It’s not difficult to envision robots that might be among us. After all, some already do: drones and autonomous cars.
But take this to a nano scale, and it begins to sound creepy. For instance nano-bots have been envisioned to seek and destroy cancer cells in our bodies. (A nano meter is one billionths of a meter.)
On a slightly larger scale are robots that could look like insects or other critters, and work together as a swarm –a project that a friend at Arizona State University is currently working on. These bio-inspired robots could have many applications.
So the smaller they get, and the smarter they build them, we could expect to see them be among us. What this means for students is that there will be a huge demand for those who understand, investigate and have a mindset ready to work on these curious ‘machines.’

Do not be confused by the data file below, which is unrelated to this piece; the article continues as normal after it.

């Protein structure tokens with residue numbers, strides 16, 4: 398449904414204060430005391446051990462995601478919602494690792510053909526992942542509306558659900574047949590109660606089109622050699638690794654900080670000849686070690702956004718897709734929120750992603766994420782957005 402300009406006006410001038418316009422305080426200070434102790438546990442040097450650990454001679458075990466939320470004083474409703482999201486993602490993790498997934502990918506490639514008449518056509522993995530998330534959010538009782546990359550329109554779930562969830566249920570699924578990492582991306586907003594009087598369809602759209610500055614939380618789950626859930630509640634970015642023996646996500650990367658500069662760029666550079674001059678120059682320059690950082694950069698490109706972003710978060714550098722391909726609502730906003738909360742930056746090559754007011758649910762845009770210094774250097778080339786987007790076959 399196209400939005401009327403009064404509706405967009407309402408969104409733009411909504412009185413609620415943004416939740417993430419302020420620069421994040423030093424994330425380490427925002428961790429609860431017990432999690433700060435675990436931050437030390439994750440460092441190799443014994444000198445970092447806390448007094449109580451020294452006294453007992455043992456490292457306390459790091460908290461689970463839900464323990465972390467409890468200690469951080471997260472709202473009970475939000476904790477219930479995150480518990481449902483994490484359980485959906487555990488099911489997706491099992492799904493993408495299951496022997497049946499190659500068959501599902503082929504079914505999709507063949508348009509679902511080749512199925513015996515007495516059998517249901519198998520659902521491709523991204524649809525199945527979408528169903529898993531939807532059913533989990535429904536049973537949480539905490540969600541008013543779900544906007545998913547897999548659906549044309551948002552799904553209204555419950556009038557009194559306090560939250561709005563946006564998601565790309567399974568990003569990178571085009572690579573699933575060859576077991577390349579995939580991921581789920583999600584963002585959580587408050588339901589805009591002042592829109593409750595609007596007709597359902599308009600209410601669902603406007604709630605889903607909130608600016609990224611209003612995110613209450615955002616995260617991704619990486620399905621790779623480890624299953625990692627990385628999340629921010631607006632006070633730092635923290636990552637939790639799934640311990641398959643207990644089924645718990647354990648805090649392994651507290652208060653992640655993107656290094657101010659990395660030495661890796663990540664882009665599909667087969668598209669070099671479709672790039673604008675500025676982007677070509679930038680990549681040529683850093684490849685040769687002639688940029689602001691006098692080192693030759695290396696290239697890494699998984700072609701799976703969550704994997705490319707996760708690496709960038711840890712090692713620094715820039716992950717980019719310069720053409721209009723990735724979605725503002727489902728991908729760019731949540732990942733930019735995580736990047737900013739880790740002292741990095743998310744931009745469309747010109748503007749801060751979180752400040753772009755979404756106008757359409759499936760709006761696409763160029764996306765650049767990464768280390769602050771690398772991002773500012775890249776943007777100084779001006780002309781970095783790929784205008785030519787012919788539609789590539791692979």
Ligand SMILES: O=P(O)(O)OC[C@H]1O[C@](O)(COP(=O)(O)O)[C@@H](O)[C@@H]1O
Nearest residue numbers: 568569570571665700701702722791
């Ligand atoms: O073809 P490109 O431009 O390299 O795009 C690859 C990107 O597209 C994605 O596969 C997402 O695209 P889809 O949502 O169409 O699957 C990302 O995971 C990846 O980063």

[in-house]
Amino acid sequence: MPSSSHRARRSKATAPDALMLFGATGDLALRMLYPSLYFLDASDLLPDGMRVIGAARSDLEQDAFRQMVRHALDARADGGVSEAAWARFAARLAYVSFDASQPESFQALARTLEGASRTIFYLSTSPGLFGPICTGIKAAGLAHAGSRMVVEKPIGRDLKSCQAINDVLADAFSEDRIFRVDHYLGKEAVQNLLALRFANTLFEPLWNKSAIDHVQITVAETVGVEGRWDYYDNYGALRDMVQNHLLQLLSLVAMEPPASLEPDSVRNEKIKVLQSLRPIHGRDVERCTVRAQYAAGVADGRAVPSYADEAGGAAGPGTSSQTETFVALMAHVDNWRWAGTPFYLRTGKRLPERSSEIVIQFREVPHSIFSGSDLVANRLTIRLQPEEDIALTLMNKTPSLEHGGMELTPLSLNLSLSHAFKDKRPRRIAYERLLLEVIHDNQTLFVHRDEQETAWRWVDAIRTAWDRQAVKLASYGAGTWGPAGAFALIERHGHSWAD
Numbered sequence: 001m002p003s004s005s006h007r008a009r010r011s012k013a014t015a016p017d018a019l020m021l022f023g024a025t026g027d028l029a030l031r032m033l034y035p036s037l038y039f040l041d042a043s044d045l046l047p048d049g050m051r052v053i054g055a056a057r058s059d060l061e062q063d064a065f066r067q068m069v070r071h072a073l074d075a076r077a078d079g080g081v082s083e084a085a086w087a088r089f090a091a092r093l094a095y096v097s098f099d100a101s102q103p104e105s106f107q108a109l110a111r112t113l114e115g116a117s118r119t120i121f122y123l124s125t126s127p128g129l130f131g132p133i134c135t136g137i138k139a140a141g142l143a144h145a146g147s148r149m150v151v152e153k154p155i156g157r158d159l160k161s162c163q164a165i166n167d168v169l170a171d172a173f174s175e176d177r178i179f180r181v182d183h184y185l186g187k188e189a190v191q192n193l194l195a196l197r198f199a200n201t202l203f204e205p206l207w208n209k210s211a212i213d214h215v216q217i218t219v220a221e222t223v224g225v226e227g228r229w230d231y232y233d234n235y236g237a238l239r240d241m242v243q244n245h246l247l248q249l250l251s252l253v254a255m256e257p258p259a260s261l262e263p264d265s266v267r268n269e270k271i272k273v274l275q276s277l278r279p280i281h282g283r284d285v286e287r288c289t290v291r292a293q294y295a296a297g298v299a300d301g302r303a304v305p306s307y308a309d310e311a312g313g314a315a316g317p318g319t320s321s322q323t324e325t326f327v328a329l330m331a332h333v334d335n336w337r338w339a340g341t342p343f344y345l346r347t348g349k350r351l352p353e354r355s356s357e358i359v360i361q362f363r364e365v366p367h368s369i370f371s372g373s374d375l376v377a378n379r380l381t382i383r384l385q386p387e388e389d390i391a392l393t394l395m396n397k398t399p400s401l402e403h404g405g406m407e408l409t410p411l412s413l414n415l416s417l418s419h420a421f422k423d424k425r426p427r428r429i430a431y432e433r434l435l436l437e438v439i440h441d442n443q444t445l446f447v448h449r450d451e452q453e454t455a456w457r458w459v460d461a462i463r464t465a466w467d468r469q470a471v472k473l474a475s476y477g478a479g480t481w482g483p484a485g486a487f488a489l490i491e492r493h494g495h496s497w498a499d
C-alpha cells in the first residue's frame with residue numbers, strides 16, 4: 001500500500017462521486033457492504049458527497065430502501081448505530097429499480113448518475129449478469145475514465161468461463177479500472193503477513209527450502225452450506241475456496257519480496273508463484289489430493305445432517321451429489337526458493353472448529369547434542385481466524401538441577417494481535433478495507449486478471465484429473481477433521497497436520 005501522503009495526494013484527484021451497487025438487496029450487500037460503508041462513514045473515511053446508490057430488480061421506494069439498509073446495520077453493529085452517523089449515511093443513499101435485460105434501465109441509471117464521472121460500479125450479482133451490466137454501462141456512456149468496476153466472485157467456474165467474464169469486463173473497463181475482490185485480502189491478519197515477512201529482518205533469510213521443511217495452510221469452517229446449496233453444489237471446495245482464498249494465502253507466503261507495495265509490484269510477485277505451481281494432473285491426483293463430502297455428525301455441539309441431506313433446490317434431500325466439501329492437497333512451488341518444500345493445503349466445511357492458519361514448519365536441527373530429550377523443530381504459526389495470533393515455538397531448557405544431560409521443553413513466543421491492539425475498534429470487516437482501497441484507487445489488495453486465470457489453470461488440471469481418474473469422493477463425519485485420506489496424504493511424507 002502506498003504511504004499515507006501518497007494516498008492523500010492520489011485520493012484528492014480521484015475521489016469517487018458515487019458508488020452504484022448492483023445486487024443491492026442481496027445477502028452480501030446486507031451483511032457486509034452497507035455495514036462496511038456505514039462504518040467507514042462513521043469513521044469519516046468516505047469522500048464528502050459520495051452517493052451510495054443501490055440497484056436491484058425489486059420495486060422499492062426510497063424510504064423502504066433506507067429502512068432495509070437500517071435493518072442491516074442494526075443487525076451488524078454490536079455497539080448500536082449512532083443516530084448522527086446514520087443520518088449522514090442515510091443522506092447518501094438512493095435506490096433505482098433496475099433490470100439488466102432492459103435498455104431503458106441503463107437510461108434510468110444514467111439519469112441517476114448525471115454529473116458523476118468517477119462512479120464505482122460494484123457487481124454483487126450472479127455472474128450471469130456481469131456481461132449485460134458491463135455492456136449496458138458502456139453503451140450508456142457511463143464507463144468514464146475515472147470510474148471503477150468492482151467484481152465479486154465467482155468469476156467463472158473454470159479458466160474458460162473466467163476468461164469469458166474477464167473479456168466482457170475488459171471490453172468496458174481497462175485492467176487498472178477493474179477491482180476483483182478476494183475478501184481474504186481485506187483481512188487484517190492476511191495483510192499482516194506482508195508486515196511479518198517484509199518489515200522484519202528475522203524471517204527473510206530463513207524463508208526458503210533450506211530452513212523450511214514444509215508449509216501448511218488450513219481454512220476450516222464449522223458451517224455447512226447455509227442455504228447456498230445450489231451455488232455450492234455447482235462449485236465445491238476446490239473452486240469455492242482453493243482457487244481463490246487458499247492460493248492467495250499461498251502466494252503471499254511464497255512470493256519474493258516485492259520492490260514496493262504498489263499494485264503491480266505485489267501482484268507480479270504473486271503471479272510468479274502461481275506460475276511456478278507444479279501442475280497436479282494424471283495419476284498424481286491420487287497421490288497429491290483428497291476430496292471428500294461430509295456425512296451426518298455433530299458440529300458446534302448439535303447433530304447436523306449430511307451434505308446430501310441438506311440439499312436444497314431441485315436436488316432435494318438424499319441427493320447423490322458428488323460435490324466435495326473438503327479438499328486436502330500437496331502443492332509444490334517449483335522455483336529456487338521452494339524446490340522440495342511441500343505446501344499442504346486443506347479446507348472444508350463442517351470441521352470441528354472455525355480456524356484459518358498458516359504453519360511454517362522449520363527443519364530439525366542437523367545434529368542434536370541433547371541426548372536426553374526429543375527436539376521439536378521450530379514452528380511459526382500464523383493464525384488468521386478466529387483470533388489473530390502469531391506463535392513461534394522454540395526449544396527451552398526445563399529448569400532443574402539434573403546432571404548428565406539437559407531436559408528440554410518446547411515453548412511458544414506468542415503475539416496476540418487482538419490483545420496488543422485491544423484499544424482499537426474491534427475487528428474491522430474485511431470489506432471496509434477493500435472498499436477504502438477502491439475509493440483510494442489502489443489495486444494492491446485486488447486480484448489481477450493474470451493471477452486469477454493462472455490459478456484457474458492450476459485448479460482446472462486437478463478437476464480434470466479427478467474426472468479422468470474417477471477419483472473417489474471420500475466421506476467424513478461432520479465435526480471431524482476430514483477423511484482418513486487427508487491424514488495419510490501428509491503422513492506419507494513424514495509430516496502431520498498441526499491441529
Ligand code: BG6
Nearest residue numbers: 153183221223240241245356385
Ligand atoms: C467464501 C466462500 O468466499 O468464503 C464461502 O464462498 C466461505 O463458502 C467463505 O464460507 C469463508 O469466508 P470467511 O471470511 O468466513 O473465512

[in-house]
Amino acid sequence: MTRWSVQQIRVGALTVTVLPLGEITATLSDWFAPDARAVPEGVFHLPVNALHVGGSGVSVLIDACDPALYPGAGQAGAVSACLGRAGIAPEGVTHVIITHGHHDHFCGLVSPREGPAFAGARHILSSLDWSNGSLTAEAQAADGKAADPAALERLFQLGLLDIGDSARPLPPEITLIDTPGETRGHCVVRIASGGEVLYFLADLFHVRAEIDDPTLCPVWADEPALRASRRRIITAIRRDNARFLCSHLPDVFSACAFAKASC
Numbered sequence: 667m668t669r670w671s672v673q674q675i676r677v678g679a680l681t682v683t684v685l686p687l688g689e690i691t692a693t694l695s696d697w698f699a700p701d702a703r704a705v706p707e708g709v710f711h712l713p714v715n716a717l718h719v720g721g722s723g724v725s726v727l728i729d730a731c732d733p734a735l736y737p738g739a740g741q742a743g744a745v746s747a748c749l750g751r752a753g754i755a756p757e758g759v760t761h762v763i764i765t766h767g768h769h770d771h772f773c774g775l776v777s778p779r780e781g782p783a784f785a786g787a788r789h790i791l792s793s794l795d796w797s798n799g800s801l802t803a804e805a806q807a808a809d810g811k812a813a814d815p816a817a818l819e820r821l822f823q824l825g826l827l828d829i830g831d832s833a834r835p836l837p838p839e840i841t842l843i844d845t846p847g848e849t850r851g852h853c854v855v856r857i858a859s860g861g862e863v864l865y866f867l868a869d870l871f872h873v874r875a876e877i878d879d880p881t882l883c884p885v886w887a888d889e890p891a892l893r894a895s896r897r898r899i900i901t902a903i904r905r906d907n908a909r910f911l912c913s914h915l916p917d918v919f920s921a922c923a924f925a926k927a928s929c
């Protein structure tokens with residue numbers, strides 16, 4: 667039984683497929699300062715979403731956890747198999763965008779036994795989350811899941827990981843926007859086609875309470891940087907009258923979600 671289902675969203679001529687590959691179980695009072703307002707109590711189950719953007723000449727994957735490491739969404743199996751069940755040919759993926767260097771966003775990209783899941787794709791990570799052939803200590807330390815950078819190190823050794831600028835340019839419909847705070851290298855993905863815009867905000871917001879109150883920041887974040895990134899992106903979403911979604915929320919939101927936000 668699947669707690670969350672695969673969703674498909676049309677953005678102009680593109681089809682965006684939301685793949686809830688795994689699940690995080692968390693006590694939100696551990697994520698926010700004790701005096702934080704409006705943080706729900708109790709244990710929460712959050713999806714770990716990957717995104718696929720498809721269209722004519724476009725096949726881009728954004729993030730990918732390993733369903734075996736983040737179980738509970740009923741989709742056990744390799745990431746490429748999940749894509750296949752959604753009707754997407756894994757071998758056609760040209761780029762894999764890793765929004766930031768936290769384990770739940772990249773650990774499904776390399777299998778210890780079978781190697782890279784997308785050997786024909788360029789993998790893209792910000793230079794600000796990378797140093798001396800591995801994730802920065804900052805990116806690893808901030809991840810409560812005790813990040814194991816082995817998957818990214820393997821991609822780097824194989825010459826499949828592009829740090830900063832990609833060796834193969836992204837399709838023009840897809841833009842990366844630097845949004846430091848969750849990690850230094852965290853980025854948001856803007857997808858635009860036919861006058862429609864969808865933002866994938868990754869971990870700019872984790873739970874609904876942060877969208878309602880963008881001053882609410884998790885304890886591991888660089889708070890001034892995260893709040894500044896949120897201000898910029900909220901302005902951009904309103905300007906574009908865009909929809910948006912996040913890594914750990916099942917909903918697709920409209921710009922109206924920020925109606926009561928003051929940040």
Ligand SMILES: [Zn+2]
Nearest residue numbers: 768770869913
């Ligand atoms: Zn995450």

Science and STEM teachers often bring up robotics as a way to open up this topic to young students. Most of us use bots with wheels, arms and sensors. It’s time to think small!
If you like to read more on this, there’s a wonderful blog post on Invisible Machines here at Blog Science-Teaching.